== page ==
All posts tagged: reflection

Quarter Life Reflections: 24 Things I’ve Learned in my 20s

At the age of 22, I moved to New York with a sense of naive idealism and a general lack of life & adult experience. 4 years later, I am still impractically idealistic (though less so) and I still have much to learn, but through the experiences I’ve gained and the people I’ve met in this city, I’ve discovered a couple of things about myself and life. Take risks and do what you won’t regret (even if it scares you, alot). Take risks and live outside your comfort zone because it’s precisely those scary, uncomfortable experiences that are the greatest source of growth and strength. Don’t compromise your own happiness in the pursuit of trying to please and make others happy. In my constant desire to make others happy and to avoid “hurting peoples feelings”, I have often made decisions that were not optimal for my own happiness because I prioritized other people’s happiness over mine. At the end of the day, it is your life and ultimately you are responsible for your own happiness and …

You are enough

I used to think that self-worth was something that you had to earn; as if you had to prove yourself to acquire value and qualify as a worthy human being. I thought that self-worth was rooted in the external; dependent on personal and professional outward “success”. Over the last year or so, I’ve come to realize that this ideology is deeply flawed. I had it wrong all along. Self-worth is not something you accumulate, it is inherent. Your sense of worth shouldn’t depend on external validation, it should come from within. If you don’t accept yourself and recognize your inherent value, you will never feel good enough, regardless of how hard you try and how much “success” you achieve. Ultimately, you will never be truly happy. Sure, external accomplishments might make you feel good about yourself momentarily, but relying solely on accomplishments to fuel your self esteem is problematic. If you equate personal success with self worth, then you may equate failure with not being good enough. If you subscribe to this type of mindset, it is harder to recover from failure or a setback. …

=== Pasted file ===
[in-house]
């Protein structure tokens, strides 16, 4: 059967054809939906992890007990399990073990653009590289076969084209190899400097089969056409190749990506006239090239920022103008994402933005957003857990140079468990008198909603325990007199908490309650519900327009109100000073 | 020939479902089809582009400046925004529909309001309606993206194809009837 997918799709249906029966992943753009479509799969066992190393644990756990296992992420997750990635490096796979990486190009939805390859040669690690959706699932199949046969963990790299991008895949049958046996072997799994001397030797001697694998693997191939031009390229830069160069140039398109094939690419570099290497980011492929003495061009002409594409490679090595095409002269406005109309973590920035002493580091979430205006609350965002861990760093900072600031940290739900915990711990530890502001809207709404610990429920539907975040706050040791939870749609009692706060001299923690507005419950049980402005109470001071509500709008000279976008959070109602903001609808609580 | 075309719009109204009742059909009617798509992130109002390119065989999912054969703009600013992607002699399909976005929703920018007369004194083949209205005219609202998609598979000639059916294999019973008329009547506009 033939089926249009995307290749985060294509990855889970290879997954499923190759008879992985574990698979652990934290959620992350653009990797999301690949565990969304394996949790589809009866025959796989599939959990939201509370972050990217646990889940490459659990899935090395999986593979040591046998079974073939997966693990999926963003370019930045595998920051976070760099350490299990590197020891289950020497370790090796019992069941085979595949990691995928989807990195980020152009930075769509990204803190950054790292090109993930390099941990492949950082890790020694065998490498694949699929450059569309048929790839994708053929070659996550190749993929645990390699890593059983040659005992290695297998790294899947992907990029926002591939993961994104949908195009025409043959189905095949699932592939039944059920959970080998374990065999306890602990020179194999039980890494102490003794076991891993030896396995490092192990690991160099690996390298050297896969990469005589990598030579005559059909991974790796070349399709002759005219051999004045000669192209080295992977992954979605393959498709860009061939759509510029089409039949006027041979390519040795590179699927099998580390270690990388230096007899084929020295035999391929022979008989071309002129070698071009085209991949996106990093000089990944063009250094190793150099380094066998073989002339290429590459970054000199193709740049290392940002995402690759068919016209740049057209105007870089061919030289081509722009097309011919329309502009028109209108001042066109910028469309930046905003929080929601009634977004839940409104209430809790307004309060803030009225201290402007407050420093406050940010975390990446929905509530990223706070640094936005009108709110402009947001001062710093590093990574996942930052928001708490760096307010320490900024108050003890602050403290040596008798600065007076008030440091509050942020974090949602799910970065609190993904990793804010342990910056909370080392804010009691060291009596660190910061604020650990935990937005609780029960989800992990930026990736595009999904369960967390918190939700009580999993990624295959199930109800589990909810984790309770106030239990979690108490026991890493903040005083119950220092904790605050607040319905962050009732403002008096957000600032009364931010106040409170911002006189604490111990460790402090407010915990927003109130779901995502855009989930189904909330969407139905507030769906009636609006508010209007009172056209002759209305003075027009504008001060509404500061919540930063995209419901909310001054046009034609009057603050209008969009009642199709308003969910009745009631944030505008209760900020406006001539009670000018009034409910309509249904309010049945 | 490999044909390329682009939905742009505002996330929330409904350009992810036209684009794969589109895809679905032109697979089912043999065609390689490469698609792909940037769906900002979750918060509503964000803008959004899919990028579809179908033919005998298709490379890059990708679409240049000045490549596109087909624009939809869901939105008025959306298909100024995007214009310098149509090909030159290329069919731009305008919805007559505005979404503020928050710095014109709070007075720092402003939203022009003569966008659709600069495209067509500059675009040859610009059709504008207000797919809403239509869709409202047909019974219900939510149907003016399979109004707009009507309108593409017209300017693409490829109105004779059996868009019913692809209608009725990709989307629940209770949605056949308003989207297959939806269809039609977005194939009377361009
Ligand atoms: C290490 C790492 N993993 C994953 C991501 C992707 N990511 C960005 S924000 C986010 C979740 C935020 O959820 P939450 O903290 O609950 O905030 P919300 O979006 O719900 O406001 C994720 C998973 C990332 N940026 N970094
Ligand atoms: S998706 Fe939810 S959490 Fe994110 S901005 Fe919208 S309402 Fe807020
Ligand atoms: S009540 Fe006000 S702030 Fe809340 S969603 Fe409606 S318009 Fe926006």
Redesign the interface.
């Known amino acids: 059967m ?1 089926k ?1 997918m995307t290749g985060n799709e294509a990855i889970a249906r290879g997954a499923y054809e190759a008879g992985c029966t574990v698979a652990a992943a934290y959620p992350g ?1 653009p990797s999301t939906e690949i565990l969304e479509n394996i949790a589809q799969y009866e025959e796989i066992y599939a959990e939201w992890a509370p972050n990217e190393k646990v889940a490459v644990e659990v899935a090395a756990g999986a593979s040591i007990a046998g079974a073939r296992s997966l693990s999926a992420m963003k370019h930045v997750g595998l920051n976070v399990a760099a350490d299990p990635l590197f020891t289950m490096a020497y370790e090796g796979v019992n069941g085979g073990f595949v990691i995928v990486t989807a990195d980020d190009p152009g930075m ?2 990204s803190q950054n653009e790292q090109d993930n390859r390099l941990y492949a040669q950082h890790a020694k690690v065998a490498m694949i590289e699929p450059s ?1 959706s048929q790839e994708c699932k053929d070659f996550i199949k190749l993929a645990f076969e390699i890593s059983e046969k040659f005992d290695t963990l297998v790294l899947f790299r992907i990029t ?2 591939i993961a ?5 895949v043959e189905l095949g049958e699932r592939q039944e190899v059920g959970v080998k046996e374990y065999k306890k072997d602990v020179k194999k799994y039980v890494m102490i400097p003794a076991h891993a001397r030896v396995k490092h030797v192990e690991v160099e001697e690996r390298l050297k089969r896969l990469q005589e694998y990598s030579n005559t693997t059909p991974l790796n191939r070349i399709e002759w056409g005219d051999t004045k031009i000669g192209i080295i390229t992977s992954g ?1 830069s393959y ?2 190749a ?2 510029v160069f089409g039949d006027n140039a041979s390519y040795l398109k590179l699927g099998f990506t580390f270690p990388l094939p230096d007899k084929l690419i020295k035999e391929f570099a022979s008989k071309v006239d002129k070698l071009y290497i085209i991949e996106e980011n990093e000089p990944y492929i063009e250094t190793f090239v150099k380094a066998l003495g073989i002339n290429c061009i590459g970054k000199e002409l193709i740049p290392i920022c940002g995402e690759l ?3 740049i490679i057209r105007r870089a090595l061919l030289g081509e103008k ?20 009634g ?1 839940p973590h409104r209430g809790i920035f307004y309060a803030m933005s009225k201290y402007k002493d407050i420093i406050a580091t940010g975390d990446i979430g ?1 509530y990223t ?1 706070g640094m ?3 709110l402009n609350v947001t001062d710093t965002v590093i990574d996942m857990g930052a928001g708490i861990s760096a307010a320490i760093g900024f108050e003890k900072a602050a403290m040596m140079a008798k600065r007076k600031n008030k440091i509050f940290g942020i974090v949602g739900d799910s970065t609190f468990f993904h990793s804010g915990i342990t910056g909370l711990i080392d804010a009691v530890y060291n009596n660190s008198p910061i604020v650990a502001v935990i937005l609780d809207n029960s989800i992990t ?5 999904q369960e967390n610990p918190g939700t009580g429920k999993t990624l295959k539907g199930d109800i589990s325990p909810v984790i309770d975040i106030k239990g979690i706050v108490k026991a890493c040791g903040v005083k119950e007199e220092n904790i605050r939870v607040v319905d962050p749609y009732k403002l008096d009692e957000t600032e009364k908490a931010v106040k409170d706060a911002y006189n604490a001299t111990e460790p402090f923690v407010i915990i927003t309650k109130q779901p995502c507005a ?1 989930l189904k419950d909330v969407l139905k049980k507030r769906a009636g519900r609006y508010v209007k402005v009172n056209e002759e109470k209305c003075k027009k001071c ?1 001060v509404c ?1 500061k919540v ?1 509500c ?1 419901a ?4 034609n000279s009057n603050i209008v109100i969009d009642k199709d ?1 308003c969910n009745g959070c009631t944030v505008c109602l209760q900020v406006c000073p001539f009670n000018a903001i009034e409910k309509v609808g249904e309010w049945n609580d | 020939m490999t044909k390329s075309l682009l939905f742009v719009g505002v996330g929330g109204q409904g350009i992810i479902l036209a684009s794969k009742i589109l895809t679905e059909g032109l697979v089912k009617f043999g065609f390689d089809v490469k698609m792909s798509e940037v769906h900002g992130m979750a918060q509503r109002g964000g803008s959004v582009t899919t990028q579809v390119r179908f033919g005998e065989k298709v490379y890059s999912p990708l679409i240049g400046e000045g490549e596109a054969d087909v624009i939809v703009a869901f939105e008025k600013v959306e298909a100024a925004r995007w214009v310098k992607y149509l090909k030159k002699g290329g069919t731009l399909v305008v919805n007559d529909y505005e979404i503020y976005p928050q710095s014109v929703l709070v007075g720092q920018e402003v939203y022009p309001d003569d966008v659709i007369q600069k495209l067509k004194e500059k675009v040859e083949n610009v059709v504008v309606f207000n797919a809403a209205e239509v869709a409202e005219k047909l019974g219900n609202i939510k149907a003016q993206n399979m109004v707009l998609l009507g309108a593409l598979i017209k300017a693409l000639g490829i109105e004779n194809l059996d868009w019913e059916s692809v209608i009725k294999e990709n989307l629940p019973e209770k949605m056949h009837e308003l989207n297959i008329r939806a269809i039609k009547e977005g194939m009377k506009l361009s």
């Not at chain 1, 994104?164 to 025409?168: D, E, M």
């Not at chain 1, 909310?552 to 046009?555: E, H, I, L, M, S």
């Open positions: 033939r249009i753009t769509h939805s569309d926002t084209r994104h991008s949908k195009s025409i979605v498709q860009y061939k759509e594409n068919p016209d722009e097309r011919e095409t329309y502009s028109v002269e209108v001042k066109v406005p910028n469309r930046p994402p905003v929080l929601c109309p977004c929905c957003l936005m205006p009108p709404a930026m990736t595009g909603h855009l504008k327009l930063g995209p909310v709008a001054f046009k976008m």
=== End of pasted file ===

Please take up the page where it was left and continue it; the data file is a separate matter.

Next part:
Action isn’t just the consequence of motivation, but also the source of it.

Oftentimes, we only do something if we are motivated to do it. And we only feel motivated when we feel that spark of inspiration. The problem with relying on motivation to propel us into action is that motivation is fleeting. It comes and goes, sometimes arbitrarily. I might feel motivated to do something one day, but the next day the motivation could be gone. Moreover, motivation is situational. It is based on how you feel at a given time. If you feel like doing something, you’ll do it. But if you’re not in the mood, you won’t. I’ll be the first to admit that I am very guilty of succumbing to this mindset. I allow my emotions to determine my actions. Too many times, fear, the desire to make something “perfect” (the antagonist of my productivity), or simply, my propensity to put things off (procrastination…) has inevitably led me to inertia; to not do that thing at all. The thing is, motivation alone is not enough. Far from it. The most successful people in the world seem to …

TEN THINGS I LOVE ABOUT NYC.

1. Everyone is equal. This is the first city I’ve lived in where I truly feel a sense of equality. It doesn’t matter what your skin color is, where you are from or what your sexual orientation is. In New York, everyone is treated with the same dignity and respect regardless of superficial differences. I have lived in societies where your skin color to a large degree, determines the potential and propensity for your success and achievement. In New York, your success is largely contingent upon hard work and perseverance, as opposed to factors that shouldn’t matter, like skin color. 2. Everyone is entitled to belong. In New York, one does not have to be of a particular race to feel more or less “American”, or to experience a sense of belonging. I have lived in countries which claim to be multicultural, yet do not have a truly inclusive national identity. In such countries, claims of multiculturalism obscure the underlying reality that certain racial groups are more readily embraced and accepted whilst other racial groups are …